by Thomas Wilk

The industrial manufacturing space is one in which IT and OT infrastructures are increasingly converging. Plant teams want to ensure safe and reliable operations, with assets running as much as possible, and the ultimate responsibility for this lies with operations, maintenance, and the entire OT team.

However, OT networks and control networks tend to be primitive without security built in. They are built on implicit trust because they are built for specific functions, and with the lack of certain security controls—segmentation, access control, secure remote access, lack of patching—conditions exist for a perfect storm of attacks and intrusions.

Enrique Martinez is technical solutions architect for OT security of World Wide Technology, and offered his thoughts on how asset management and operations teams can approach OT security in a planned, effective manner that safeguards both assets and operations.

Step 1: Build trust between IT, OT, and engineering

It's a truism among reliability professionals that every reliability success story starts with the following statement: "This is how maintenance and operations started speaking the same language and coming to an agreement." The same is true in the world of cybersecurity, where key players include the IT, OT, and engineering teams.

"You cannot have reliable operations without the three of them," says Martinez, adding that building trust between the three teams is based on managing that ongoing relationship through conversation. "I'm a very big fan of a whiteboard—we will go whiteboard the system, lay it all out—and then once I have an understanding of that system, I'll bring in the security piece out, overlay it to them. I explain to them what it is that I'm doing and why. I am not pushing something on you as an engineer, but I'm explaining to you why we're doing this," and it usually involves risk reduction, ensuring the reliability and availability of the systems, and helping ensure that damage to those system is minimal in case of a security event.

"It's really more gaining an understanding, a level-set that this is where we are, this is where we are going to get to, and this is how we're going to get there together as a group— IT, OT, engineering, maintenance, I&C, whoever it is," adds Martinez. "Instrumentation and controls technicians are usually vital to those operations, and in my experience, having I&C technicians that understand what you're trying to do will help you get a lot further."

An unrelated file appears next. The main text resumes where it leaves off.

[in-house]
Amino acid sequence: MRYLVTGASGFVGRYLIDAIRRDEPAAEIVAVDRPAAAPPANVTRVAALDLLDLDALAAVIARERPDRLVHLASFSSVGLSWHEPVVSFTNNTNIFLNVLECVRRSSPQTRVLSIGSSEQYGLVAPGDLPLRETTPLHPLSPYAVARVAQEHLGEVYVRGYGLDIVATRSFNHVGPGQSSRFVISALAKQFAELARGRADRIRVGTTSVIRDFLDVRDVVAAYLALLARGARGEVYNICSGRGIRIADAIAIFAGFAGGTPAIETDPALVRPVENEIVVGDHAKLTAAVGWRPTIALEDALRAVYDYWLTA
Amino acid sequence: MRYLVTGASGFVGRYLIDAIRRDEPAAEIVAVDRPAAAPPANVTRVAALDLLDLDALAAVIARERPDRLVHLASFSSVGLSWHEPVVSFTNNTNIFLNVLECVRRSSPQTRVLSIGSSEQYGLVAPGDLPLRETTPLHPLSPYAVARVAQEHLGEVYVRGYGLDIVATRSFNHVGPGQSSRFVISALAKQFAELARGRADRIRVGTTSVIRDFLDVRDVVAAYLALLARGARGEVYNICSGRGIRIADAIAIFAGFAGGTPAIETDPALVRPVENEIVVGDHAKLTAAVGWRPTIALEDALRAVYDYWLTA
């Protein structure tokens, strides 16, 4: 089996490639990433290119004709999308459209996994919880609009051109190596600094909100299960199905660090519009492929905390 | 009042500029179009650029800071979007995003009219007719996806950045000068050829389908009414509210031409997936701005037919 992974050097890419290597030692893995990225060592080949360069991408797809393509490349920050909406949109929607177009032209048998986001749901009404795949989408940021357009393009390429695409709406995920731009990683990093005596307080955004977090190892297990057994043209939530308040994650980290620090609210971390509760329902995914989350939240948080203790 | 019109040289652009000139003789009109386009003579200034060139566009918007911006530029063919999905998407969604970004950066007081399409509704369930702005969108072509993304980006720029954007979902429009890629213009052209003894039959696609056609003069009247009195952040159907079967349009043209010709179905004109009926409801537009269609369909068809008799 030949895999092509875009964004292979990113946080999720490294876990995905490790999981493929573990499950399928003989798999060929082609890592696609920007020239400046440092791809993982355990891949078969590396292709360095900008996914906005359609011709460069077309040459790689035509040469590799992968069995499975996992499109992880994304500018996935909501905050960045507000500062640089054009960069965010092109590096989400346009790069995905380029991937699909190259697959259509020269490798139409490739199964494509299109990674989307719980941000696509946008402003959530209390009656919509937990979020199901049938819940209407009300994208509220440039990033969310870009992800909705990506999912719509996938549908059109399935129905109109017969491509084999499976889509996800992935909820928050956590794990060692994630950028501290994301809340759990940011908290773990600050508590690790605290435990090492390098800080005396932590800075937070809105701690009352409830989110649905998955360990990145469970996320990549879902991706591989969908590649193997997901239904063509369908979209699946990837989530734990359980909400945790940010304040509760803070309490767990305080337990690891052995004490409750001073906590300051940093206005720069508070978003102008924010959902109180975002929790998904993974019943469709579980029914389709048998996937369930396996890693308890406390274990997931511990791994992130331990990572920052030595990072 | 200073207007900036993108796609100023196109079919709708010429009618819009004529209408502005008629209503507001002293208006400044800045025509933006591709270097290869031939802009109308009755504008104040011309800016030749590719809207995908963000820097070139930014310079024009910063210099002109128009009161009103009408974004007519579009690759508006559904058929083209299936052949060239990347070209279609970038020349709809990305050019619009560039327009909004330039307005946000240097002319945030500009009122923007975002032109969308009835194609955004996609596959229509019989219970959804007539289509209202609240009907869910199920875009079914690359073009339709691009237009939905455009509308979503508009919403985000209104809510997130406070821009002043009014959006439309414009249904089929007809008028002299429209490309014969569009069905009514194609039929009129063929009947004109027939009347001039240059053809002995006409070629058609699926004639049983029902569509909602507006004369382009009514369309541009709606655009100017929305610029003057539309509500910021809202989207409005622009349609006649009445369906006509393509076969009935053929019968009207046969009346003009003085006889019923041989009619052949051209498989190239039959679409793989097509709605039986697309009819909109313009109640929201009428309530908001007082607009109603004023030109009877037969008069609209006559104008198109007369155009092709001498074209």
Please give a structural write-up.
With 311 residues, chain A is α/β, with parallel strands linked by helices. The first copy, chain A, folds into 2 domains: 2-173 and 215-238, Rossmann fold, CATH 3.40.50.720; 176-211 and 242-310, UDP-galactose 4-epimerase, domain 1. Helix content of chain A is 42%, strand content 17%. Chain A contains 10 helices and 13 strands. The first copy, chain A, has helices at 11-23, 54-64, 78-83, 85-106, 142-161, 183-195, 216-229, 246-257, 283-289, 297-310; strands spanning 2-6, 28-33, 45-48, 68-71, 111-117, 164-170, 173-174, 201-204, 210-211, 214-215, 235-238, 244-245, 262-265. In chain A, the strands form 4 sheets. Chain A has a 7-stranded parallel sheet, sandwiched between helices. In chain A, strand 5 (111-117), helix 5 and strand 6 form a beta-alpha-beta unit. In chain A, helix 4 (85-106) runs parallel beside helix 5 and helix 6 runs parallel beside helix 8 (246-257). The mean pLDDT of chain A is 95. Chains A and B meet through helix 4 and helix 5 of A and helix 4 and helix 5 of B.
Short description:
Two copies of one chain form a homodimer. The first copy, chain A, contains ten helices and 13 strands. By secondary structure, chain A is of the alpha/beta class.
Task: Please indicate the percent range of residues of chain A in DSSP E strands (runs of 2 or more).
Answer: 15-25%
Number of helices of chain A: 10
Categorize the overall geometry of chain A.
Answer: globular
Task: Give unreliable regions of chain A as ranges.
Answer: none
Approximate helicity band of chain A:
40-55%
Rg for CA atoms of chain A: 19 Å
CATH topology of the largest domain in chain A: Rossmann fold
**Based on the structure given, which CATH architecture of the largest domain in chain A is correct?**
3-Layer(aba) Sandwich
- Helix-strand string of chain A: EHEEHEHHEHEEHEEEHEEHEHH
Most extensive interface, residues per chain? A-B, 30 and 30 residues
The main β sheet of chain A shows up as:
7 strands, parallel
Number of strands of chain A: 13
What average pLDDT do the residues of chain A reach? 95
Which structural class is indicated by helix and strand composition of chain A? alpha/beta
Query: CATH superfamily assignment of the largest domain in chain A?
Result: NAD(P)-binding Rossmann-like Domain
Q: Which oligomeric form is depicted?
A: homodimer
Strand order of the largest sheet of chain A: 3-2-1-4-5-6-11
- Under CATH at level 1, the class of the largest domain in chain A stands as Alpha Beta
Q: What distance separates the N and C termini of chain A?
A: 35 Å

Step 2. Safety first

When establishing a rapport between IT, OT, and engineering, Martinez emphasizes that safety should be everyone's primary concern and central point of common ground. "For industrial systems, it's going to be safety— safety first. It's also going to be availability; we need to be able to continue operating. And then lastly, it's risk reduction as it pertains to safety and availability."

Often a reliability or maintenance engineer will approach the finance team for support in security efforts, as finance can help other plant teams quantify the value of risk reduction. "I've personally lived this where, we have an effort, whether it is due to regulatory compliance, or because it's an effort for reducing risk, and you go to a business unit, and you say, hey, we want to reduce this risk, we want to take this action, and it's just to make your operation safer and more reliable," says Martinez. "The first response that I get—and this is before we start having the true conversations and the relationship management part of the equation—their answer is, 'well, we've never been hacked, why do we have to make changes?' So, to me it's a race, you're constantly fighting all these different attacks that are coming in, and there's new ones coming in every day."

For Martinez, his approach to cybersecurity is that there's two types of entities, the ones that have been compromised, and the ones that are compromised and don't know it, and over the last few years, it's been proven that even safety systems can be vulnerable.



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